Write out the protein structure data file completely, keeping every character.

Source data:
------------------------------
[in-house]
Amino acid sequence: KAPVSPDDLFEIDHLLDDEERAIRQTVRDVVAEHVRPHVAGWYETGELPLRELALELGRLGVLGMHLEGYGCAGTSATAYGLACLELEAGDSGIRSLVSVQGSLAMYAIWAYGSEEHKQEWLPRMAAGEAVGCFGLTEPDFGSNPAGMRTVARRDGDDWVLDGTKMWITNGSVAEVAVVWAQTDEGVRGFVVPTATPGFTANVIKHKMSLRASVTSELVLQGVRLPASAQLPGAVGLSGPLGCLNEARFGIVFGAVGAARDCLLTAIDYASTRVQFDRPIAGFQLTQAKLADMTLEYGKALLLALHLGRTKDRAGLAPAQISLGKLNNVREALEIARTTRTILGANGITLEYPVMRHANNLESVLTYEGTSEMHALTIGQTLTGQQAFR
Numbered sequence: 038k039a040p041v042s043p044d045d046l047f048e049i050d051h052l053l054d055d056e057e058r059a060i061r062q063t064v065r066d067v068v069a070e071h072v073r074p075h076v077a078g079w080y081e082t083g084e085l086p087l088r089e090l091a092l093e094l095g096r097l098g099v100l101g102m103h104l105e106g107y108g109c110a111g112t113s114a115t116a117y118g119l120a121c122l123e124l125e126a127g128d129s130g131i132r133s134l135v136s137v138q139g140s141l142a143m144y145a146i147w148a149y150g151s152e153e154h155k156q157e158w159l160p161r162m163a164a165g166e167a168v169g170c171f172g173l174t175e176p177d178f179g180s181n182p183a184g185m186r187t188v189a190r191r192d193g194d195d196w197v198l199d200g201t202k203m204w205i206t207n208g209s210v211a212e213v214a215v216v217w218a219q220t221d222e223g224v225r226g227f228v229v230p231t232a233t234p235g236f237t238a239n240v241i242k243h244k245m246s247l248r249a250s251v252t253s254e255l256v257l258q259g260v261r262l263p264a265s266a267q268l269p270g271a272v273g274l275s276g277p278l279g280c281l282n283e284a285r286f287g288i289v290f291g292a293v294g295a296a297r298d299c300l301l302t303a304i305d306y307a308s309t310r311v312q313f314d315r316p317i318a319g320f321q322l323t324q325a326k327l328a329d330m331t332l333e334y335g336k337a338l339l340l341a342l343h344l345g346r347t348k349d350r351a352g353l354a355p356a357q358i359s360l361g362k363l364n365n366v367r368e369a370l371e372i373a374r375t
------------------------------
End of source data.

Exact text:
[in-house]
Amino acid sequence: KAPVSPDDLFEIDHLLDDEERAIRQTVRDVVAEHVRPHVAGWYETGELPLRELALELGRLGVLGMHLEGYGCAGTSATAYGLACLELEAGDSGIRSLVSVQGSLAMYAIWAYGSEEHKQEWLPRMAAGEAVGCFGLTEPDFGSNPAGMRTVARRDGDDWVLDGTKMWITNGSVAEVAVVWAQTDEGVRGFVVPTATPGFTANVIKHKMSLRASVTSELVLQGVRLPASAQLPGAVGLSGPLGCLNEARFGIVFGAVGAARDCLLTAIDYASTRVQFDRPIAGFQLTQAKLADMTLEYGKALLLALHLGRTKDRAGLAPAQISLGKLNNVREALEIARTTRTILGANGITLEYPVMRHANNLESVLTYEGTSEMHALTIGQTLTGQQAFR
Numbered sequence: 038k039a040p041v042s043p044d045d046l047f048e049i050d051h052l053l054d055d056e057e058r059a060i061r062q063t064v065r066d067v068v069a070e071h072v073r074p075h076v077a078g079w080y081e082t083g084e085l086p087l088r089e090l091a092l093e094l095g096r097l098g099v100l101g102m103h104l105e106g107y108g109c110a111g112t113s114a115t116a117y118g119l120a121c122l123e124l125e126a127g128d129s130g131i132r133s134l135v136s137v138q139g140s141l142a143m144y145a146i147w148a149y150g151s152e153e154h155k156q157e158w159l160p161r162m163a164a165g166e167a168v169g170c171f172g173l174t175e176p177d178f179g180s181n182p183a184g185m186r187t188v189a190r191r192d193g194d195d196w197v198l199d200g201t202k203m204w205i206t207n208g209s210v211a212e213v214a215v216v217w218a219q220t221d222e223g224v225r226g227f228v229v230p231t232a233t234p235g236f237t238a239n240v241i242k243h244k245m246s247l248r249a250s251v252t253s254e255l256v257l258q259g260v261r262l263p264a265s266a267q268l269p270g271a272v273g274l275s276g277p278l279g280c281l282n283e284a285r286f287g288i289v290f291g292a293v294g295a296a297r298d299c300l301l302t303a304i305d306y307a308s309t310r311v312q313f314d315r316p317i318a319g320f321q322l323t324q325a326k327l328a329d330m331t332l333e334y335g336k337a338l339l340l341a342l343h344l345g346r347t348k349d350r351a352g353l354a355p356a357q358i359s360l361g362k363l364n365n366v367r368e369a370l371e372i373a374r375t